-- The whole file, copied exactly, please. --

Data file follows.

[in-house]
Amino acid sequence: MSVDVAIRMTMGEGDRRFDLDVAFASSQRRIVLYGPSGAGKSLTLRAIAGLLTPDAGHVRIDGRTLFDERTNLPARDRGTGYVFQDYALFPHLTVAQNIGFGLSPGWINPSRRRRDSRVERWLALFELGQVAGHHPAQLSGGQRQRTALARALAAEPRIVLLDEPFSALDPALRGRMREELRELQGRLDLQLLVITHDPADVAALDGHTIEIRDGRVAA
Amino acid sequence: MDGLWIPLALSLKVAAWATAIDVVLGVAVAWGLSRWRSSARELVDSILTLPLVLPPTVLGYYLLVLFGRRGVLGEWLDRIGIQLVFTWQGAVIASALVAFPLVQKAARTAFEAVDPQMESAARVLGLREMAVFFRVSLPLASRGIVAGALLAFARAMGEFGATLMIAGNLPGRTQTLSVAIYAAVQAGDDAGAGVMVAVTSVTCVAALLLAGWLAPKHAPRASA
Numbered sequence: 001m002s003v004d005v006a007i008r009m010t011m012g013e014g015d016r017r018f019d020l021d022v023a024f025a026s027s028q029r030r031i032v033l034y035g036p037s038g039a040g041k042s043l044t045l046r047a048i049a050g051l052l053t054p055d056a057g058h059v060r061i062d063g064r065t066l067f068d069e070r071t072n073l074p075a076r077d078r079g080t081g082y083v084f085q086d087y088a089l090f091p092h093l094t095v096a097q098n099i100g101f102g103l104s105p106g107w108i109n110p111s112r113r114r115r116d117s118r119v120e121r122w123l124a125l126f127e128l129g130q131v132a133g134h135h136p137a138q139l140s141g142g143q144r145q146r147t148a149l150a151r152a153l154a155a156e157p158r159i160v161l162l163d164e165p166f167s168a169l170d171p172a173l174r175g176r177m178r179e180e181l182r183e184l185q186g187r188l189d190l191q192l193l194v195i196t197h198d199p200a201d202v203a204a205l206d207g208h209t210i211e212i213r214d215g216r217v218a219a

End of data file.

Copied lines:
[in-house]
Amino acid sequence: MSVDVAIRMTMGEGDRRFDLDVAFASSQRRIVLYGPSGAGKSLTLRAIAGLLTPDAGHVRIDGRTLFDERTNLPARDRGTGYVFQDYALFPHLTVAQNIGFGLSPGWINPSRRRRDSRVERWLALFELGQVAGHHPAQLSGGQRQRTALARALAAEPRIVLLDEPFSALDPALRGRMREELRELQGRLDLQLLVITHDPADVAALDGHTIEIRDGRVAA
Amino acid sequence: MDGLWIPLALSLKVAAWATAIDVVLGVAVAWGLSRWRSSARELVDSILTLPLVLPPTVLGYYLLVLFGRRGVLGEWLDRIGIQLVFTWQGAVIASALVAFPLVQKAARTAFEAVDPQMESAARVLGLREMAVFFRVSLPLASRGIVAGALLAFARAMGEFGATLMIAGNLPGRTQTLSVAIYAAVQAGDDAGAGVMVAVTSVTCVAALLLAGWLAPKHAPRASA
Numbered sequence: 001m002s003v004d005v006a007i008r009m010t011m012g013e014g015d016r017r018f019d020l021d022v023a024f025a026s027s028q029r030r031i032v033l034y035g036p037s038g039a040g041k042s043l044t045l046r047a048i049a050g051l052l053t054p055d056a057g058h059v060r061i062d063g064r065t066l067f068d069e070r071t072n073l074p075a076r077d078r079g080t081g082y083v084f085q086d087y088a089l090f091p092h093l094t095v096a097q098n099i100g101f102g103l104s105p106g107w108i109n110p111s112r113r114r115r116d117s118r119v120e121r122w123l124a125l126f127e128l129g130q131v132a133g134h135h136p137a138q139l140s141g142g143q144r145q146r147t148a149l150a151r152a153l154a155a156e157p158r159i160v161l162l163d164e165p166f167s168a169l170d171p172a173l174r175g176r177m178r179e180e181l182r183e184l185q186g187r188l189d190l191q192l193l194v195i196t197h198d199p200a201d202v203a204a205l206d207g208h209t210i211e212i213r214d215g216r217v218a219a